August 10, 2011
Union pickets Verizon store
Workers stand along Route 281 protesting proposed wage, benefit cuts
Joe McIntyre/staff photographer
Verizon information technology employee Jim Vineyard pickets the Verizon Wireless store on Route 281 in Cortlandville. About 40 striking Verizon telephone technicians and customer service representatives stood outside the store Tuesday, protesting wage and benefit cuts the company wants in a new union contract.
CORTLANDVILLE — Locke resident and Verizon technician Katrena Hopkins said she is worried about her health insurance, after Verizon and union officials failed to reach a deal on a new contract by Saturday night’s deadline.
A breast and thyroid cancer survivor, Hopkins said she needs her job and the healthcare coverage that comes with it.
“We built this telephone network that they are so proud of,” said Hopkins, who installs and repairs telephone lines. “And for them to treat us so unfairly is just terrible.”
Hopkins was one of about 40 striking Verizon telephone technicians and customer service representatives who held signs and picketed in front of the company’s store on Route 281 in Cortlandville on Tuesday. More picketers stood this morning in front of a Verizon center on Groton Avenue.
There are about 200 technicians in the Communications Workers of America 1111 unit, which covers Cortland and Tompkins counties and other regions in the Finger Lakes. The strike involves nearly 45,000 Verizon employees from 10 states in the Northeast.
The main bargaining issues pertain to changes in healthcare, pension freezes and reductions in overtime, sick pay, disability benefits and other areas.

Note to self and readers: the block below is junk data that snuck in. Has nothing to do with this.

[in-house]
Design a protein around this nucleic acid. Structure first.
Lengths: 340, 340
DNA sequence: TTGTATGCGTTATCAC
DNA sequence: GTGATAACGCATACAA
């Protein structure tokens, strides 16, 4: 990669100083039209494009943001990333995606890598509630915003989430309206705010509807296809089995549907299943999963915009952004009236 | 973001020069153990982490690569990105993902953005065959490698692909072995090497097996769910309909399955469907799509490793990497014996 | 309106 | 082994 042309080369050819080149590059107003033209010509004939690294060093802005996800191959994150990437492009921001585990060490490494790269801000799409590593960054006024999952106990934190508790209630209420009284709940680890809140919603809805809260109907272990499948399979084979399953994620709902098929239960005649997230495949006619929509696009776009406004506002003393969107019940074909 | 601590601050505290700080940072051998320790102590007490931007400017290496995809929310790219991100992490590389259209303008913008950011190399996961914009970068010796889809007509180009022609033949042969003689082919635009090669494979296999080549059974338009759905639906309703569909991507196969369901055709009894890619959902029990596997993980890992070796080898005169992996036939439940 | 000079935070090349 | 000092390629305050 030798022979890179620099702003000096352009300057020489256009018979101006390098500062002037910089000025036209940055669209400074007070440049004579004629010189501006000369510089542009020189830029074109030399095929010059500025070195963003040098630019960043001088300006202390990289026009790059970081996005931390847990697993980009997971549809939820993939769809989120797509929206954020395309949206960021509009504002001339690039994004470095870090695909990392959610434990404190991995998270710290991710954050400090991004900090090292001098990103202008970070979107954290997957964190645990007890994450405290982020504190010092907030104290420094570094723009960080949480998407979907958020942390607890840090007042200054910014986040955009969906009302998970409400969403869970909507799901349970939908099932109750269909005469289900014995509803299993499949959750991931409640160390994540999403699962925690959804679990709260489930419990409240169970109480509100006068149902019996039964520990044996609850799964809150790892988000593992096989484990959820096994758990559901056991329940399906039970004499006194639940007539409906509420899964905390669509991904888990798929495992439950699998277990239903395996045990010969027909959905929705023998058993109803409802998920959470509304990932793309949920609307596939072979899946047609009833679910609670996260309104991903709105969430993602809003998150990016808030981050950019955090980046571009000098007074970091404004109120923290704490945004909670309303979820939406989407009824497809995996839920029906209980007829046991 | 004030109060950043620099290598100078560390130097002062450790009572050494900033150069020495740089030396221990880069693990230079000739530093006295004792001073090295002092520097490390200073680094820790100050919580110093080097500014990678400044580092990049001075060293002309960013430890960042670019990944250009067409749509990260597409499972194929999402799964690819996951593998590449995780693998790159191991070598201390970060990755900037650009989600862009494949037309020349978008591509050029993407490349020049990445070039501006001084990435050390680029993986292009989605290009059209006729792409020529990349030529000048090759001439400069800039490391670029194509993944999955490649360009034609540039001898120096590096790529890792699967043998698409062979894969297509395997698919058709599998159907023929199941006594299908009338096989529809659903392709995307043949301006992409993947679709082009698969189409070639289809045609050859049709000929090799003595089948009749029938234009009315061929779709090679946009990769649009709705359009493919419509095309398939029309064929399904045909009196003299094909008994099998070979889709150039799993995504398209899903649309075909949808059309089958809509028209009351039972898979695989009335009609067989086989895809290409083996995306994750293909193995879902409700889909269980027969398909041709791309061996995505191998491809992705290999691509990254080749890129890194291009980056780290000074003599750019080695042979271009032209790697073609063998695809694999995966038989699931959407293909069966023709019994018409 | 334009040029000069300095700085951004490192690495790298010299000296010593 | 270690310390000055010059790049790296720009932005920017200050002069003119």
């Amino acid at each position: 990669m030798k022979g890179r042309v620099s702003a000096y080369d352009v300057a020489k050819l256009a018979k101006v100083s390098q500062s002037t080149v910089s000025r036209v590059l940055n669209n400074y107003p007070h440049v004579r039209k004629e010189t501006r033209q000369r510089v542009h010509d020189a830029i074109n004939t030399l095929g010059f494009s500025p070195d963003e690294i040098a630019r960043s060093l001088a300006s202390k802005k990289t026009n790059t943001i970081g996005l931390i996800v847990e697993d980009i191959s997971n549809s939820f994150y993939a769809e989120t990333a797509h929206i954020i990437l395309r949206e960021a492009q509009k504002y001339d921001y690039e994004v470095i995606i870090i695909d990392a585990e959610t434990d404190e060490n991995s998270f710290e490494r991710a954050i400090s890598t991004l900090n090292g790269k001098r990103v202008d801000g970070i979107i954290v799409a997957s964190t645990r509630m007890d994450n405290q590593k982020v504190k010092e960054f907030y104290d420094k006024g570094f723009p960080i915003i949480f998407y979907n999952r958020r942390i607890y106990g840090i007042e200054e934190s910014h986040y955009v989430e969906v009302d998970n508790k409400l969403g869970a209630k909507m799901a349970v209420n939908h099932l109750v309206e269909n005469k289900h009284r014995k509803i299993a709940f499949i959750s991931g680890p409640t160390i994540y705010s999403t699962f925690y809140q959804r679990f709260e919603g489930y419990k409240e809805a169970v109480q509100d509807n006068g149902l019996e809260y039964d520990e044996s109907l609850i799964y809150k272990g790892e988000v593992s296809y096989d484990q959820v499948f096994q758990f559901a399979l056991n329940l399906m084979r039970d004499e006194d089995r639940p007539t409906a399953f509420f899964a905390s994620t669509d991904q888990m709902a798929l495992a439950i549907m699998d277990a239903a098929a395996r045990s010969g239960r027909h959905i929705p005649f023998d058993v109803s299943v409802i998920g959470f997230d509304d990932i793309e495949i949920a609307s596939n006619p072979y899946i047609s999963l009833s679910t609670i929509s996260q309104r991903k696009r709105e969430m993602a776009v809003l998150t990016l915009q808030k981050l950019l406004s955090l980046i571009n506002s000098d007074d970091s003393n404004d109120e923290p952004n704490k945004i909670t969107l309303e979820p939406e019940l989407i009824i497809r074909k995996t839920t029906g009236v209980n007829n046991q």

Verizon officials say they need to cut costs, asking employees to contribute to their healthcare premiums and change the pension system. The company also wants to change the way it handles its call center, hoping to send customers to fewer representatives for assistance. The company’s wire line business has had a 10-year decline, said Verizon CEO Lowell McAdam in a letter to employees Sunday. More and more customers are deciding to give up their landlines in exchange for cell phones,
“It is clear that some of the existing contract provisions, negotiated initially when Verizon was under far less competitive pressure, are not in line with the economic realities of business today,” McAdam said.
John Bonomo, a Verizon spokesman, said the two sides have resumed talks. He said the company needs to reduce costs, particularly in healthcare. The strike does not affect Verizon Wireless, which has a nonunion workforce.
Hopkins stood with her 6-year-old daughter Ileanna and 14 year-old son Jeb on the picket line. She said the strike is not just about her job but other union jobs across the country.
The CWA 1111 unit has been protesting at Verizon stores since Monday, said Terry Glover, a field technician. He said he is determined to wait as long as it takes for the employees to protect benefits.
“We’re fighting for the middle class, not just Verizon workers,” said Glover, who lives in Homer.
The employees, mostly telephone technicians, customer service reps and dispatchers, say Verizon is trying to “gut” their wages, healthcare and pension packages. They worry about what will happen to Verizon’s telephone lines and customer service as they are on strike.
For the last month, Verizon has been training managers, retirees and others to fill the void. The company says the transition has been smooth, but the striking employees doubt the temporary workers will be able to do their jobs.
“It’ll be a tough road, but we have to last at least one day longer than they do,” said Don Muncy, a field technician from Freeville.
He said it could be months before he is back to work again.
“It doesn’t look good,” he said.
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